Brown Stink Bugs From Emergence to Harvest

There are several economically important insects that must be considered to help produce a corn crop with high yield potential. One pest that has increased in frequency is the brown stink bug (BSB) (Figure 1). Knowing how to distinguish BSB from other stink bugs and its feeding practices on seedlings and maturing corn is important.

Figure 1. Brown stink bug. Photo courtesy of Ted MacRae.

Brown stink bugs can be found early in the season compared to green stink bugs because the BSB overwinters in northern climates, while the green stink bug migrates to northern climates during the growing season. In practice, we tend to see the green stink bug during reproductive stages in the Midwest and the BSB all season. The BSB overwinters as an adult in fence rows and heavy residue. In the spring, they may look for early planted corn and are usually found on field margins or around grass patches that may have been controlled with herbicide. The introduction of cover crop grasses in the cropping rotation, such as cereal rye, may increase the level of BSBs that can be found in corn fields. Adult female stink bugs lay eggs (20-30) that resemble small silos. When the young hatch, they look like miniature adult stink bugs.

Brown stink bugs can cause stand reductions, barren ears, spindly plants and deformed kernels. In V1 to V4 corn growth stages, the bugs stick their piercing mouth part (Figure 2) into the base of the seedling near the growing point and inject an enzyme that allows them to extract nutrients from the plant. The injury appears much like a growth regulator herbicide injury symptom on the plant. Tillers or suckers develop because the growing point of the original plant is damaged. The loss of the original plant effectively terminates the potential to produce a normal ear. Ragged leaves and twisted tops are also common from seedling and early growth feeding. If scouting determines damage to be at an economical stage, a foliar insecticide application may be warranted. Prior to planting corn, if the field to be planted has a grassy cover crop, the addition of an insecticide to the burndown herbicide may be warranted to help control BSBs.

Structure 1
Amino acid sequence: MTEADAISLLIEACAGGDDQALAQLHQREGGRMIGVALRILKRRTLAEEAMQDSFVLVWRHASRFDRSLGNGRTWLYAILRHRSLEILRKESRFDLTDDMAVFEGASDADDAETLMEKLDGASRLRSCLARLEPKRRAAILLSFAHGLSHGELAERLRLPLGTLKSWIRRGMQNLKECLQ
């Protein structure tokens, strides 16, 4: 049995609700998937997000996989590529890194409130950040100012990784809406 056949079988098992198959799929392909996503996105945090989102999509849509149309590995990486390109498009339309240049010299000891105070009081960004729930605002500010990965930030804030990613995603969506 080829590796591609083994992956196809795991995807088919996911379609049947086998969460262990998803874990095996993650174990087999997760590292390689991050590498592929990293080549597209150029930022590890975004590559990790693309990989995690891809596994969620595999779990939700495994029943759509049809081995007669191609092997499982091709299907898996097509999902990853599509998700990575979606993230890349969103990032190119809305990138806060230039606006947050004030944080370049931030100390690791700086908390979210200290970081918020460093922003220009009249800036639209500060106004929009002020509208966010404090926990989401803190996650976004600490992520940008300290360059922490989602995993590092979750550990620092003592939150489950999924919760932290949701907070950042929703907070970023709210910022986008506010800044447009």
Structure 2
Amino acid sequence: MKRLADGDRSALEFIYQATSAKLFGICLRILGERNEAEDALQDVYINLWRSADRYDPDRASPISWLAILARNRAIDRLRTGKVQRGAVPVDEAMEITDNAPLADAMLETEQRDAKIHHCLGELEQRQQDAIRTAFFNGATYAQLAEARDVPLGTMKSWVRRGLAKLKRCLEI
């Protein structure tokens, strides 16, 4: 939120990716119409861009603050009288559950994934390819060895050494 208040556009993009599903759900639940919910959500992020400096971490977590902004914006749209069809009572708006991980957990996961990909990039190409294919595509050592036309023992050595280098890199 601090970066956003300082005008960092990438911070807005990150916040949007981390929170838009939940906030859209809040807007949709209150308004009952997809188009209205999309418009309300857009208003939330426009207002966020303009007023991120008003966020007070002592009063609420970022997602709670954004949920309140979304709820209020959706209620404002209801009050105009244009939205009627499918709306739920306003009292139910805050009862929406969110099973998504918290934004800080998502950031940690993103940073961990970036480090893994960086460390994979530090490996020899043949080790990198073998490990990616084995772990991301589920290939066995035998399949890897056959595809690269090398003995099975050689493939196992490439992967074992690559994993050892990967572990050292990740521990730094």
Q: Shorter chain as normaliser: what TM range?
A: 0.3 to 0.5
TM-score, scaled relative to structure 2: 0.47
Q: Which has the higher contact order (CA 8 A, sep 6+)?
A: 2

Figure 2. Brown stink bug showing mouth part that can penetrate into leaf tissue to suck moisture and nutrients. Photo courtesy of Russ Ottens, The University of Georgia, Bugwood.org.

Should feeding occur when the ears are developing, the ear becomes the feeding target. Individual kernels are pierced and drained through the husk (Figure 3). A foliar insecticide applied at tasseling (VT growth stage) is the only potential control tactic for reproductive stage corn.

Figure 3. Brown stink bug on corn husk. Individual kernels are pierced through the husk to suck out the contents. Picture courtesy of Brian Little, The University of Georgia, Bugwood.org
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